The ambitious new minicomics series Cartozia Tales is a natural extension of the sort of thing that masterminds Isaac Cates and Mike Wenthe were doing toward the end of their run on their collaborative minicomic Satisfactory Comics. That duo loved the idea of exploring maps and territories as a way of generating stories and then handing off stories in that territory to new collaborators; their Mapjam comic is essentially the forerunner of Cartozia Tales.Of course, that comic stalled for any number of reasons, including the fact that a multi-creator collaborative anthlogy is incredibly hard work. That's why Cates has a kickstarter going on this comic: to get the eight regular artists and two rotating guest artists a decent enough page rate to make this project worth their time. At the moment, it's about 40% funded but has a long way to go. Please consider funding it if you find my review to be of interest.
This is an all-ages fantasy comic wherein each creator is assigned a quadrant of the map of the known world and writes a story involving a place in their quadrant. Each issue, the quadrant assignment will change. Characters designed by one artist will be used by another, creating a true collaborative environment across the board. The regular rotation of artists includes Sarah Becan, Lucy Bellwood, Cates & Wenthe (who collaborate on all their work), Shawn Cheng, Lupi McGinty, Tom Motley and Jen Vaughn. Of this group, I was only unfamiliar with McGinty and Bellwood prior to reading the comic. Cheng seems especially well-suited to this kind of endeavor, adding a pleasingly precise but gritty quality to the series. His story, "Master Cyrus and the Boy: Journey to Owl Rock", was one of my favorites in the issue. This is a simple quest comic, wherein a master magician and his apprentice make a journey to a remote location to perform a mysterious ceremony. The way Cheng arranges his unusually-designed characters on the page and the manner with which he uses varying shades of grey on the page gives the story depth and texture.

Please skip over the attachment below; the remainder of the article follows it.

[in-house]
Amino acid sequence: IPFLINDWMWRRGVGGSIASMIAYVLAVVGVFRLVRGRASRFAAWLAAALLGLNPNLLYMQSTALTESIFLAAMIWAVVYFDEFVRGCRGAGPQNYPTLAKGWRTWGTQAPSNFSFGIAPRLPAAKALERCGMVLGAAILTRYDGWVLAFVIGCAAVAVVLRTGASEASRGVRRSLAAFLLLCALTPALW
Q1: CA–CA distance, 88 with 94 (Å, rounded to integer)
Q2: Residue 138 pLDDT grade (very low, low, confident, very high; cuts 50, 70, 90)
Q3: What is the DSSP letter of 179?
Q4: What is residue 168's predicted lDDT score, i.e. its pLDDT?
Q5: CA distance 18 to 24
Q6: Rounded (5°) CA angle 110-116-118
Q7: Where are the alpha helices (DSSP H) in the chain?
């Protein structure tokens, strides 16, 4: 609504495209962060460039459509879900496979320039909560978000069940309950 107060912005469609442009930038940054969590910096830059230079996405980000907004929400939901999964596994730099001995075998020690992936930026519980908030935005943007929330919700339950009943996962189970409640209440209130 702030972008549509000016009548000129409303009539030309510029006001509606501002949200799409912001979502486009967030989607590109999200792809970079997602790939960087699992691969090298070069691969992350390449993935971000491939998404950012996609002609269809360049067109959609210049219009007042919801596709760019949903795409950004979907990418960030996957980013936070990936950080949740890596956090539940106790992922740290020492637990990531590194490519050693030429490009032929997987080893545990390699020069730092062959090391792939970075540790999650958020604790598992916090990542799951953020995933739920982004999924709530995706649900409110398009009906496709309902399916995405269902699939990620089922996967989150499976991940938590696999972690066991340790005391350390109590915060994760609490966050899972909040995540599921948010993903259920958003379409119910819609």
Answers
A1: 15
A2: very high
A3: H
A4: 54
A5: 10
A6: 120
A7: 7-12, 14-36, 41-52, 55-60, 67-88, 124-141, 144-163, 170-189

The guest artists in this issue, Jon Lewis and Dylan Horrocks, do not disappoint. Both have dipped into fantasy work in the past, and both feel quite at home here. Lewis uses a trembling line to tell a story about a boy's kindness gaining him a special reward. Horrocks' story is about a young girl happening upon a mechanical man who needs to be wound up, as she's on her way to get special wisdom from a magical fish. Horrocks' use of blacks is as lovely as ever, and the simplicity of his figures adds so much to this tale of developing friendship. Simply the way Horrocks draws a night sky or a hillside covered with flowers is poetic and elegant; few artists use negative space as well as he does.
Bellwood and McGinty's comics are the cleanest-looking in terms of the line and character design. I thought Tom Motley's comic, by comparison, was harder to follow; his work stuck out and lacked the clarity of the rest of the contributors. We'll see if his style matches up better in future issues, but his story added a discordant tone to a book that was otherwise quite harmonious in style despite the large number of contributors and complexity of the set-up. Becan and Vaughn obviously really worked hard on their stories, as their art has never looked sharper. Becan's story was also the most clever in the book, giving it a fairy tale flavor that I enjoyed. Cates and Wenthe's story was surprisingly downbeat, revealing that while the book is all-ages and won't have graphic content, not every character necessarily gets a happy ending. These stories are smart, well-drawn and avoid the kind of cliches that plague other fantasy comics that I've read.